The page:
When you think of marketing and advertising and business, you probably think about big brands and the advertising they produce like big TV ads everyone knows and remember. These ads are greater than life and have an impact on your memories. These types of ads cost millions if not billions and for a small business is unattainable. If that is your idea of marketing as a small business owner, it can be overwhelming. Instead of trying to take these giants head on, you need a different approach and a different strategy. You need to use marketing tactics that drive action.
Direct response is all about driving action now. It packages value proposition and a call to action and make the prospects make the decision faster. Ion this blog post I’m going to show you 7 examples of direct marketing in action. Each of the 7 action outlined in this blog post you can apply to your business today to drive action and results.
But first you need to understand what differentiates direct response for traditional and what makes it efficient.
What is direct response marketing?
While large brands spend millions if not billions to put their brands in the forefront of their market and saturate it with their logos and message. Direct response, on the other hand, is all about driving action and results fast. Direct response is a strategy based marketing to send highly targeted marketing messages to drive action. A lot of people think of direct. Mail when they hear direct response. But it can be any type of marketing that demands a response. It can be used in a website (like ours), Facebook ads, blog post and even twitter ads. Now let’s look at different direct response uses in action.
#1 Facebook Ads That Drives E-commerce Sales
An example of direct response ads online is for e-commerce stores to drive sales rapidly. It has a very clear call to action either “buy this” or “shop now.” The picture above is a great example, it clearly displays the offer, the shoes and explains what makes them special. And since it’s on Facebook, we can assume they use detail targeting to choose whom they advertise to.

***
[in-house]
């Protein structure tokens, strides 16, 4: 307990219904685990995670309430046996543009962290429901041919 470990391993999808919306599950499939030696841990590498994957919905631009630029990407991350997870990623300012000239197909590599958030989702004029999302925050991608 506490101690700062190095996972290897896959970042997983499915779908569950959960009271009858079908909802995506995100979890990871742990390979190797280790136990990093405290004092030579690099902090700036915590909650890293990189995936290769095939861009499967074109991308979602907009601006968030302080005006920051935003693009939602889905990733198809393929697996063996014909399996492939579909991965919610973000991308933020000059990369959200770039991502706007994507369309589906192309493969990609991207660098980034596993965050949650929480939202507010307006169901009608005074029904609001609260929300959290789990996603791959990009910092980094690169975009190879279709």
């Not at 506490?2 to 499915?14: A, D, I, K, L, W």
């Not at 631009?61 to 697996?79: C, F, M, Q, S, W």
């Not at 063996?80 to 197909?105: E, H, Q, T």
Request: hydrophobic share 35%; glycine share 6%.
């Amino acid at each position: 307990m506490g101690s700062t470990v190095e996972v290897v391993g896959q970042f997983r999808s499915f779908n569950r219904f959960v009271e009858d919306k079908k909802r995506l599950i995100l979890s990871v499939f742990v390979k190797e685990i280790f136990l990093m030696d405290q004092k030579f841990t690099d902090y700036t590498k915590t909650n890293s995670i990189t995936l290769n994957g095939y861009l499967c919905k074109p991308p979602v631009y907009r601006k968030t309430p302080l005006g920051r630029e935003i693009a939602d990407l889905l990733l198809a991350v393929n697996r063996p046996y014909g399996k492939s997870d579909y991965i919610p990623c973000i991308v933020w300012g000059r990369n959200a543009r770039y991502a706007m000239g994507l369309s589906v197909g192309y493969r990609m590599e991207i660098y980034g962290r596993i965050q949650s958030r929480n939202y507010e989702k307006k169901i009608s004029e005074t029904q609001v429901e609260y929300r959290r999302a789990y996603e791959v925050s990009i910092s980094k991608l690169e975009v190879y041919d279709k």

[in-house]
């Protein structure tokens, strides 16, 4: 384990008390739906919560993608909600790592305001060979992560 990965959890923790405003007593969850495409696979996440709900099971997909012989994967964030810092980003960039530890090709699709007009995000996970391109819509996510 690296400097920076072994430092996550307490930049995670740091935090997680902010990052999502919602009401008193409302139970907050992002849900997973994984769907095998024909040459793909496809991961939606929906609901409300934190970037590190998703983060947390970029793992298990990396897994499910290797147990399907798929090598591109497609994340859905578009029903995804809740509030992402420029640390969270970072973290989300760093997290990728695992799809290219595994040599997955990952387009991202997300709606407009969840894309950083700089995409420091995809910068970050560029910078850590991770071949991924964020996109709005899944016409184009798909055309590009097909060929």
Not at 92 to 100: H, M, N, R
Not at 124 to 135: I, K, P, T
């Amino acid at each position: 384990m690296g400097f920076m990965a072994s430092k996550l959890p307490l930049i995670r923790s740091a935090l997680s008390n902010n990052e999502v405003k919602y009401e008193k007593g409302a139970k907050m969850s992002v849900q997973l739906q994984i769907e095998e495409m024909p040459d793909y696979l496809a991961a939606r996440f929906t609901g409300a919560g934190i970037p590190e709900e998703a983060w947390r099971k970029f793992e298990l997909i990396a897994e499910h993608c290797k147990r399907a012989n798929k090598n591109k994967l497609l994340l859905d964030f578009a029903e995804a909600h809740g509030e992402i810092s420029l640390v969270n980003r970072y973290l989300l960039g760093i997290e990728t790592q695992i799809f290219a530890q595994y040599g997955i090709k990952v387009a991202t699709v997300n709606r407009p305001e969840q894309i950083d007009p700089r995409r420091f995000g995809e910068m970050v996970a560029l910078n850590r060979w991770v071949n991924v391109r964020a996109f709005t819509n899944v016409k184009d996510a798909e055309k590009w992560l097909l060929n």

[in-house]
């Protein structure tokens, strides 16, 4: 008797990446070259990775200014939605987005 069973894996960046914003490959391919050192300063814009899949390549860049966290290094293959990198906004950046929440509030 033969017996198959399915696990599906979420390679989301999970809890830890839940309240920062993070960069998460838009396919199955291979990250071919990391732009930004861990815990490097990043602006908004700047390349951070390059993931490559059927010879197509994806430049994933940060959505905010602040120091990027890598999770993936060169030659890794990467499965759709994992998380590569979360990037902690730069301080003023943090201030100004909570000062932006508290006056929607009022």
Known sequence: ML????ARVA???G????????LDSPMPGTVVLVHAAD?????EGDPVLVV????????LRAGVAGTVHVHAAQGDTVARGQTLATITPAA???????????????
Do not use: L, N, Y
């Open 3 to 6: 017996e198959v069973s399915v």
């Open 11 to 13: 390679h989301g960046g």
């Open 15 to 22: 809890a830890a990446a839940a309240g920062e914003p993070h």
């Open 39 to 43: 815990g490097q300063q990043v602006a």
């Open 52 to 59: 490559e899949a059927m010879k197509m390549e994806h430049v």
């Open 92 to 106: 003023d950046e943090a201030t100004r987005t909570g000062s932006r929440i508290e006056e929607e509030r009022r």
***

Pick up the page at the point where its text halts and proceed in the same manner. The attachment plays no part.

#2 Nurture Action With Phased Campaigns
While direct response is all about driving action, it can be different from one phase of a campaign from another. It can start to read a post, like you are doing now, and it can change in another phase of the campaign to “subscribe to my n newsletter,” or “schedule a demo” and finish with “buy my products.”
#3 You Can Use Direct Response to Recruit Employees
Direct response can be also be used to recruit employees. In the rideshare market Uder™ and Lyft™ have used direct response to attract drivers. Both Uber and Lyft have deployed tons of efforts to attract drivers. A good example is one of Uber ads trying to incentivize respondents with a huge sign up bonuses for new drivers.
#4 You Can Use Direct Response to Recruit Employees
Grow your customer base with a refer a friend tactics. Men’s grooming company Harry’s took the world by storm when it grew to one million customers in just two years. They were able to climb to such success by focusing on viral and direct response marketing instead of the traditional brand advertising that Gillette and Dollar Shave Club were doing at the time. One of the key pieces to their successful launch was the refer-a-friend campaign that focused on creating a specific action: invite your friend to join Harry’s launch list.
Building a brand takes lots of money and years of investments. While every company should invest in their brand image no one should rely on that kind of marketing alone because it can be very expensive. Direct response marketing, on the other hand, is a great strategy to implement for small business because it engages an audience and leads them to take action now.